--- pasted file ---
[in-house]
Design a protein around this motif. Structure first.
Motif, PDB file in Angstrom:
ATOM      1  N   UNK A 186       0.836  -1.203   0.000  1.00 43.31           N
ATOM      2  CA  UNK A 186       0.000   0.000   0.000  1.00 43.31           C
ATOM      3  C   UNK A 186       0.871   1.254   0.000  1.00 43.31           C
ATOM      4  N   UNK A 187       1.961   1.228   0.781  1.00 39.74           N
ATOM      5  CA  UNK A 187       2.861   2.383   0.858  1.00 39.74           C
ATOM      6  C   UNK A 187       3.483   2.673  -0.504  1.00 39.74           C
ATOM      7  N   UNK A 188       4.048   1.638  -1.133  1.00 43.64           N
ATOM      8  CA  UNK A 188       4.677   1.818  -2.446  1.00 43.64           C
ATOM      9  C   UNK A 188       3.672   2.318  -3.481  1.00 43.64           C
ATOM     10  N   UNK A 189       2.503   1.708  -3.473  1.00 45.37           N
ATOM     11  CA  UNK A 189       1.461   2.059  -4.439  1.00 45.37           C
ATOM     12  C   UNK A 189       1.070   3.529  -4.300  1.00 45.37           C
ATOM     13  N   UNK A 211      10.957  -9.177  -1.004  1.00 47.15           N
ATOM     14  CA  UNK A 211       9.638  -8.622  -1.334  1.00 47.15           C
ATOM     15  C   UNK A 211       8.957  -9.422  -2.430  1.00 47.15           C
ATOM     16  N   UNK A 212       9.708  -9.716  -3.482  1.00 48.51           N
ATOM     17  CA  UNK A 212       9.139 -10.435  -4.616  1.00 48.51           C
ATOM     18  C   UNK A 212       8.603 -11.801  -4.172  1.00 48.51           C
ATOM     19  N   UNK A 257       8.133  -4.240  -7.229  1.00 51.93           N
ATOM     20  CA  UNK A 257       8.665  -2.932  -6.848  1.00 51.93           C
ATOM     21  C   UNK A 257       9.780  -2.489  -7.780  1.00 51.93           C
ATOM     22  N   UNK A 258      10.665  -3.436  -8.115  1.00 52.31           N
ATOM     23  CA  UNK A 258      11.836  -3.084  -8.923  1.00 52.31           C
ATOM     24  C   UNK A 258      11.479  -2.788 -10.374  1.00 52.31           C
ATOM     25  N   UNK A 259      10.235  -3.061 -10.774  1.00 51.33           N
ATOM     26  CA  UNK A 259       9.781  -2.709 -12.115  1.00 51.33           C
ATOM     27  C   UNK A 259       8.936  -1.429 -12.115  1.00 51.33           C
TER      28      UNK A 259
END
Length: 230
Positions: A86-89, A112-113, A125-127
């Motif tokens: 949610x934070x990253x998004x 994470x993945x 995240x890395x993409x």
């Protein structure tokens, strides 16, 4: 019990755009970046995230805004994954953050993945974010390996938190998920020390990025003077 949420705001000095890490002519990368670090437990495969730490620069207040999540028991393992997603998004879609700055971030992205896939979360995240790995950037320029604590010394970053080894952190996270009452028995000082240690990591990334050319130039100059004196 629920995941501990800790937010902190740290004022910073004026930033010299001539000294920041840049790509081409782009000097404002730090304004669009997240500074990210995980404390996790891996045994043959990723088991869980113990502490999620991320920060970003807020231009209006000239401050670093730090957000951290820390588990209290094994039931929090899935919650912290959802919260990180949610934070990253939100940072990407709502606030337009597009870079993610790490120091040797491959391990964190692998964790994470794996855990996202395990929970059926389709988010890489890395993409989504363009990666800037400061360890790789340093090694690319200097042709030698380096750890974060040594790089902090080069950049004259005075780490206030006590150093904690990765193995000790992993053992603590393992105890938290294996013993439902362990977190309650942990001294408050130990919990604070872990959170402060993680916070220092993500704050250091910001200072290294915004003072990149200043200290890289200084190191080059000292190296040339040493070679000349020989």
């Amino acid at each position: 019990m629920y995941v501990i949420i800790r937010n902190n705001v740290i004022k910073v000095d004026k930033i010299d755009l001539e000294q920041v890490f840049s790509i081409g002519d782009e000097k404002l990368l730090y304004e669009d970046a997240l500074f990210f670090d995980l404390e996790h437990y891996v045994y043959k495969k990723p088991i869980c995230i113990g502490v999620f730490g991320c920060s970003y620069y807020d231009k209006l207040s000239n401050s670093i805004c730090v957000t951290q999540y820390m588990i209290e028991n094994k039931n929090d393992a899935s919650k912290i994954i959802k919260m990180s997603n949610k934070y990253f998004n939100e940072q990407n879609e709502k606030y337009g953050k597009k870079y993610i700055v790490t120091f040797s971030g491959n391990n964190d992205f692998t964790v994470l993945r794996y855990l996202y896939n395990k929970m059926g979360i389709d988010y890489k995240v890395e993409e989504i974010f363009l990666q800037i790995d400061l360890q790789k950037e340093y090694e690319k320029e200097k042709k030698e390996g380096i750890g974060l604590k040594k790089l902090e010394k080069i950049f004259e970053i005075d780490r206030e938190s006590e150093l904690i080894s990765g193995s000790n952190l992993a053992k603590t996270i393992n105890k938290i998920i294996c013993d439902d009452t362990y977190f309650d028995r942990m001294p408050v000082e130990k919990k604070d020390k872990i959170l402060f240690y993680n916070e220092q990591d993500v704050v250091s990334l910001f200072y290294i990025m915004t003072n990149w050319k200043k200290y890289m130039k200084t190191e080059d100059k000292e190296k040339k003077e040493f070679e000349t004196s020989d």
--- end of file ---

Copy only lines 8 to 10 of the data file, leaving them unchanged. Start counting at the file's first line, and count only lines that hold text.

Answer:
ATOM      5  CA  UNK A 187       2.861   2.383   0.858  1.00 39.74           C
ATOM      6  C   UNK A 187       3.483   2.673  -0.504  1.00 39.74           C
ATOM      7  N   UNK A 188       4.048   1.638  -1.133  1.00 43.64           N